Salad seedlings are grown in small blocks of sticky, nutrient-rich peat compost, then planted directly into the field.

We need to talk about peat

If we're successful in this project, we will share our findings - and help to eliminate the use of peat in the whole horticulture industry.

Moist, dense, chocolate-coloured peat. It may not look like much, but this soil is as precious as gold dust. Peat can take millennia to form, mainly from decomposed sphagnum moss. The rich variety of specialised plants which grow on peat, and the deep layers of waterlogged soil beneath, trap vast amounts of carbon; in fact, peatland is the one of the biggest carbon sinks on the planet. This makes peat-based compost a difficult subject for veg growers, including Riverford.

Many of you will be keen gardeners who manage to avoid peat, and may be surprised to hear that we still use it. We’ve worked hard to hugely reduce our use of peat, and have eliminated it altogether for most veg. But we haven’t yet found a successful alternative for growing salad crops. There’s just one sticking point – ‘sticking’ being the operative word.

Every year, we grow millions of salad seedlings in small blocks of compost, before using machinery to plant the blocks directly into the fields. For this machinery to work, the compost surrounding the seedling’s roots has to stick together as it’s transferred from the growing container to the ground. Not much holds together like peat, and not much provides the same nutrition for the seedlings.

In our Devon polytunnels, we’ve been trialling peat-free ‘modules’ for lettuces, onions, and tomatoes, planted by hand. Lettuce yields fell by 33 per cent, and onions by 50 per cent – but tomatoes showed real promise, with only a 15 per cent drop in yield. This winter, we’re going to trial planting lettuce and onion seedlings in biodegradable cellulose nets, which hold the loose, peat-free compost together like a plant pot. We hope this will improve our results.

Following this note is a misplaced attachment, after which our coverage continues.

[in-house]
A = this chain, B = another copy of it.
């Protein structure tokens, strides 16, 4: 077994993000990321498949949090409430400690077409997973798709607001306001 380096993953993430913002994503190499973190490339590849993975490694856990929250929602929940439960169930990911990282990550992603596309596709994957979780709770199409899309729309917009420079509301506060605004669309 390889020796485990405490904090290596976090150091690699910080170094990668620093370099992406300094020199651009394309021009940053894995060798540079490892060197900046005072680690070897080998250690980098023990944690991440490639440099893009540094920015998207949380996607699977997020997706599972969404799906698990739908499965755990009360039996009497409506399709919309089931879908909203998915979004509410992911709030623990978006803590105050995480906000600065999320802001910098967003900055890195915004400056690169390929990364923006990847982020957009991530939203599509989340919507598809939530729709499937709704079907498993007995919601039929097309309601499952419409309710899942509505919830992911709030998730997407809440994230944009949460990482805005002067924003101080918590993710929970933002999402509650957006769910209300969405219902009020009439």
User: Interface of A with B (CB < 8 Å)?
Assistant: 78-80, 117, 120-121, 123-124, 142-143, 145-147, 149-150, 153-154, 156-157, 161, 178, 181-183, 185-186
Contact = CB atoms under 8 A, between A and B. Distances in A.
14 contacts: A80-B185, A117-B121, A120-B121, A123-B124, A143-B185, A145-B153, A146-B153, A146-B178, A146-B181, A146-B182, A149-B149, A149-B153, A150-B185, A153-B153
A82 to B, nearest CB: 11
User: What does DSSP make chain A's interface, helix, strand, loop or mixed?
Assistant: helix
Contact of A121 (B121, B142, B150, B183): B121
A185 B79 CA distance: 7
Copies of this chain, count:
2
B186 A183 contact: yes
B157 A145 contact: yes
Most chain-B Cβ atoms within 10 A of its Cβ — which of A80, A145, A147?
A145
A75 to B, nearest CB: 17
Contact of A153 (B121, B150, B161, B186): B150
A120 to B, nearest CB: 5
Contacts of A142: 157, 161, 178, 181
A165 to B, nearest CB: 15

The silver bullet, however, lies in the creation of a completely peat-free soil block, which sticks together for machine planting and provides good nutrition for seedlings. In partnership with Innovate UK, Delfland Nurseries, Cambridge Eco Ltd. and Coventry University, we’re working on a really exciting two-year project to develop this ideal block. Six months into the project, we’re optimistic that it will yield success.

This project is vitally important. If we’re successful, we will share our findings – and help to eliminate the use of peat not just in our own fields, but in the whole horticulture industry. Watch this space.


Leave a Reply

  1. Fantastic to hear about truly planet protecting research. One assumes this is highly marketable knowledge. Hoping for success! Oh and tasty salads as well.

  2. I so hope you are successful in this. We were trying to be peat free 30 yrs ago – and soon realised it was impossible – at the time. There were no manufactured peat free composts then – and even when they started to appear – they were useless – no water holding or root holding qualities. We got fed up with peoples rants about peat use when they had no idea how to make seedling/potting compost and they quite happily bought plants in plastic pots hand over fist!
    Our nurseries should go back to growing in the soil – and plants get bought when they are good and ready to be dug up.
    If you can find a seedling block medium that works then that is the silver bullet! Until then we should at least mess up our own peat not import it from other countries….
    The peat use for cooking/hesting is another problem – but since we saw fit to deforest places like Ireland….🌳🌱🤔

  3. This is great news! Here at BeadaMoss we have spent the last 15 yrs working to grow Sphagnum Moss for peatland restoration and as a peat alternative for growing plants. We have been working with RHS Wisley and 2 of the main media suppliers in the UK over the last 3 years with great success. Now scaling up production to meet market demand and would be great to talk.

  4. Sorry to be a killjoy, but disappointing really. As gardeners we have been well aware of the issues involved from the 1990’s onwards. We remember Geoff Hamilton banging on about it on Gardeners World and the Wildlife Trusts and Soil Association publicising their concerns even then. Over 30 years later, one would have imagined that such a forward thinking and dynamic company as Riverford would have been peat-free for years. Can’t help but feel that this topic has been deliberately kept off the radar. Great that this is happening now, but hard not to think that the motivation is perhaps the potential prospect of legislation.


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